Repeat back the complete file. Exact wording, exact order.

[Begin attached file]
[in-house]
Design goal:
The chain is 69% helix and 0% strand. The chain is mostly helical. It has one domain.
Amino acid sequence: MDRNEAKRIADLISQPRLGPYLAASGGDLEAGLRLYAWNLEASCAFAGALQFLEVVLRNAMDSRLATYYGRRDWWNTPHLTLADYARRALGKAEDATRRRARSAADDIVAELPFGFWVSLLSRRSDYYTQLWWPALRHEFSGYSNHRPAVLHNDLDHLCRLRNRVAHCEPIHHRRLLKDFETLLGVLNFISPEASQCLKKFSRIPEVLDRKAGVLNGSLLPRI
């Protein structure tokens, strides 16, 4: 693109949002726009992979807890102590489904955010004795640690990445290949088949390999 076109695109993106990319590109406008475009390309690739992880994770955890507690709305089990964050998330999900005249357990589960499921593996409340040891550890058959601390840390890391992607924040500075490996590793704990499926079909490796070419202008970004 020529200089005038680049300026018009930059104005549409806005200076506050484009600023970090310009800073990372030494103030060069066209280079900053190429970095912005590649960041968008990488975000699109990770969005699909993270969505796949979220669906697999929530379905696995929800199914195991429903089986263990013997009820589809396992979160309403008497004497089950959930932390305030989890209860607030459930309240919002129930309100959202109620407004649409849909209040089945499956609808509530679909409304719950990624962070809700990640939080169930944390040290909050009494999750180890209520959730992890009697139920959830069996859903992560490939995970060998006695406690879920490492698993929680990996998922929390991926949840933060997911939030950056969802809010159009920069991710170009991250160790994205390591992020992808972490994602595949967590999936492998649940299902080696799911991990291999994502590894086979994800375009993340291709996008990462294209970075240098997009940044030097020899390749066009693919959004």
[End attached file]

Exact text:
[in-house]
Design goal:
The chain is 69% helix and 0% strand. The chain is mostly helical. It has one domain.
Amino acid sequence: MDRNEAKRIADLISQPRLGPYLAASGGDLEAGLRLYAWNLEASCAFAGALQFLEVVLRNAMDSRLATYYGRRDWWNTPHLTLADYARRALGKAEDATRRRARSAADDIVAELPFGFWVSLLSRRSDYYTQLWWPALRHEFSGYSNHRPAVLHNDLDHLCRLRNRVAHCEPIHHRRLLKDFETLLGVLNFISPEASQCLKKFSRIPEVLDRKAGVLNGSLLPRI
């Protein structure tokens, strides 16, 4: 693109949002726009992979807890102590489904955010004795640690990445290949088949390999 076109695109993106990319590109406008475009390309690739992880994770955890507690709305089990964050998330999900005249357990589960499921593996409340040891550890058959601390840390890391992607924040500075490996590793704990499926079909490796070419202008970004 020529200089005038680049300026018009930059104005549409806005200076506050484009600023970090310009800073990372030494103030060069066209280079900053190429970095912005590649960041968008990488975000699109990770969005699909993270969505796949979220669906697999929530379905696995929800199914195991429903089986263990013997009820589809396992979160309403008497004497089950959930932390305030989890209860607030459930309240919002129930309100959202109620407004649409849909209040089945499956609808509530679909409304719950990624962070809700990640939080169930944390040290909050009494999750180890209520959730992890009697139920959830069996859903992560490939995970060998006695406690879920490492698993929680990996998922929390991926949840933060997911939030950056969802809010159009920069991710170009991250160790994205390591992020992808972490994602595949967590999936492998649940299902080696799911991990291999994502590894086979994800375009993340291709996008990462294209970075240098997009940044030097020899390749066009693919959004």